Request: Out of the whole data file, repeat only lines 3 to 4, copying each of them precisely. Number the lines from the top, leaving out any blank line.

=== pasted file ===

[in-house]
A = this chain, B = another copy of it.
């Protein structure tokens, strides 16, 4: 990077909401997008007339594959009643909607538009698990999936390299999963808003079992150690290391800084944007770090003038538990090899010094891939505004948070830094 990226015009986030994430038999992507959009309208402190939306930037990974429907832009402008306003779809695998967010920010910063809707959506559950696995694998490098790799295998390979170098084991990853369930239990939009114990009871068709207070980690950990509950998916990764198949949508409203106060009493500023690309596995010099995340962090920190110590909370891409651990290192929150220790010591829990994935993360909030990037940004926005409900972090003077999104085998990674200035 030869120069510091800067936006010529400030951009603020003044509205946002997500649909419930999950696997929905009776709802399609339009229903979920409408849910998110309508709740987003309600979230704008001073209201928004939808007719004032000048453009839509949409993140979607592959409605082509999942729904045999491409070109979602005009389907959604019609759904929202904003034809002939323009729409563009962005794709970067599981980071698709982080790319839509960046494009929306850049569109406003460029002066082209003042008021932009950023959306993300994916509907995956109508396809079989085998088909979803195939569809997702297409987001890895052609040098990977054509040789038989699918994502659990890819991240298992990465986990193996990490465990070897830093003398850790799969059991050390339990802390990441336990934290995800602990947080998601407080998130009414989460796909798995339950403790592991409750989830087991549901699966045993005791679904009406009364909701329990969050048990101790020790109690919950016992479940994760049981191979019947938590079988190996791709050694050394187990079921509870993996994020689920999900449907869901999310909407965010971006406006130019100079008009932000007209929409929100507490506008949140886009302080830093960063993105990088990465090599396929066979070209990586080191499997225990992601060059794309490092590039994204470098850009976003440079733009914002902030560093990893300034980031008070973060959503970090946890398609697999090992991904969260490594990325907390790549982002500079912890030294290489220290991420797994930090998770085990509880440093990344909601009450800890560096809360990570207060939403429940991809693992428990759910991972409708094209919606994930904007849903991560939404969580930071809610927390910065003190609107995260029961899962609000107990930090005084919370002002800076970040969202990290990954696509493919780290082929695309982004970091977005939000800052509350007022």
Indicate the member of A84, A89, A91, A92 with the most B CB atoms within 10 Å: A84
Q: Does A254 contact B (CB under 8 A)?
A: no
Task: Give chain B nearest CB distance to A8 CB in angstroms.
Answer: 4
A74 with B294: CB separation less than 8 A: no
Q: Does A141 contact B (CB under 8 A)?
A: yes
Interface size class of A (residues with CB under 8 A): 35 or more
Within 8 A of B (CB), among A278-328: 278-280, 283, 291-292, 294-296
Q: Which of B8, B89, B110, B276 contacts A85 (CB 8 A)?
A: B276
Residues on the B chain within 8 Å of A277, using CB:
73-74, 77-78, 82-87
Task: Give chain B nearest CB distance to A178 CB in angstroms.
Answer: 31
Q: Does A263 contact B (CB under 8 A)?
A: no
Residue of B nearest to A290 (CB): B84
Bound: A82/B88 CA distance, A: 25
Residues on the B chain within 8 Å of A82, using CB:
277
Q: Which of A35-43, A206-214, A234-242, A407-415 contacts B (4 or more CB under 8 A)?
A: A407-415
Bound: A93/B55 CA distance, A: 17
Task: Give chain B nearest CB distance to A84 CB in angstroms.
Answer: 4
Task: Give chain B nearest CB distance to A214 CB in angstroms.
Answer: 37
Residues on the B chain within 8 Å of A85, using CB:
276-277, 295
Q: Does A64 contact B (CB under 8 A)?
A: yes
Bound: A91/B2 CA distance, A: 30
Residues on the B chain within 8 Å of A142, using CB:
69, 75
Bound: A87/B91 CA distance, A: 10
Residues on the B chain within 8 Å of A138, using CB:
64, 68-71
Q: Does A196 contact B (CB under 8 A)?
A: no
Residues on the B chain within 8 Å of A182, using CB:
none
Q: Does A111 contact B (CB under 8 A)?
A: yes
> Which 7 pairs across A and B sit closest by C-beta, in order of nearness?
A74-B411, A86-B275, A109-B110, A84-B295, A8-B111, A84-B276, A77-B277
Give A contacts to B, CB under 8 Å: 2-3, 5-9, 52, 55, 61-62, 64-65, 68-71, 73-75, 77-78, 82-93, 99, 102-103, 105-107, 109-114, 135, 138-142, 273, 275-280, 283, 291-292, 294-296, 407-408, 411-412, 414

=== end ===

């Protein structure tokens, strides 16, 4: 990077909401997008007339594959009643909607538009698990999936390299999963808003079992150690290391800084944007770090003038538990090899010094891939505004948070830094 990226015009986030994430038999992507959009309208402190939306930037990974429907832009402008306003779809695998967010920010910063809707959506559950696995694998490098790799295998390979170098084991990853369930239990939009114990009871068709207070980690950990509950998916990764198949949508409203106060009493500023690309596995010099995340962090920190110590909370891409651990290192929150220790010591829990994935993360909030990037940004926005409900972090003077999104085998990674200035 030869120069510091800067936006010529400030951009603020003044509205946002997500649909419930999950696997929905009776709802399609339009229903979920409408849910998110309508709740987003309600979230704008001073209201928004939808007719004032000048453009839509949409993140979607592959409605082509999942729904045999491409070109979602005009389907959604019609759904929202904003034809002939323009729409563009962005794709970067599981980071698709982080790319839509960046494009929306850049569109406003460029002066082209003042008021932009950023959306993300994916509907995956109508396809079989085998088909979803195939569809997702297409987001890895052609040098990977054509040789038989699918994502659990890819991240298992990465986990193996990490465990070897830093003398850790799969059991050390339990802390990441336990934290995800602990947080998601407080998130009414989460796909798995339950403790592991409750989830087991549901699966045993005791679904009406009364909701329990969050048990101790020790109690919950016992479940994760049981191979019947938590079988190996791709050694050394187990079921509870993996994020689920999900449907869901999310909407965010971006406006130019100079008009932000007209929409929100507490506008949140886009302080830093960063993105990088990465090599396929066979070209990586080191499997225990992601060059794309490092590039994204470098850009976003440079733009914002902030560093990893300034980031008070973060959503970090946890398609697999090992991904969260490594990325907390790549982002500079912890030294290489220290991420797994930090998770085990509880440093990344909601009450800890560096809360990570207060939403429940991809693992428990759910991972409708094209919606994930904007849903991560939404969580930071809610927390910065003190609107995260029961899962609000107990930090005084919370002002800076970040969202990290990954696509493919780290082929695309982004970091977005939000800052509350007022």
Indicate the member of A84, A89, A91, A92 with the most B CB atoms within 10 Å: A84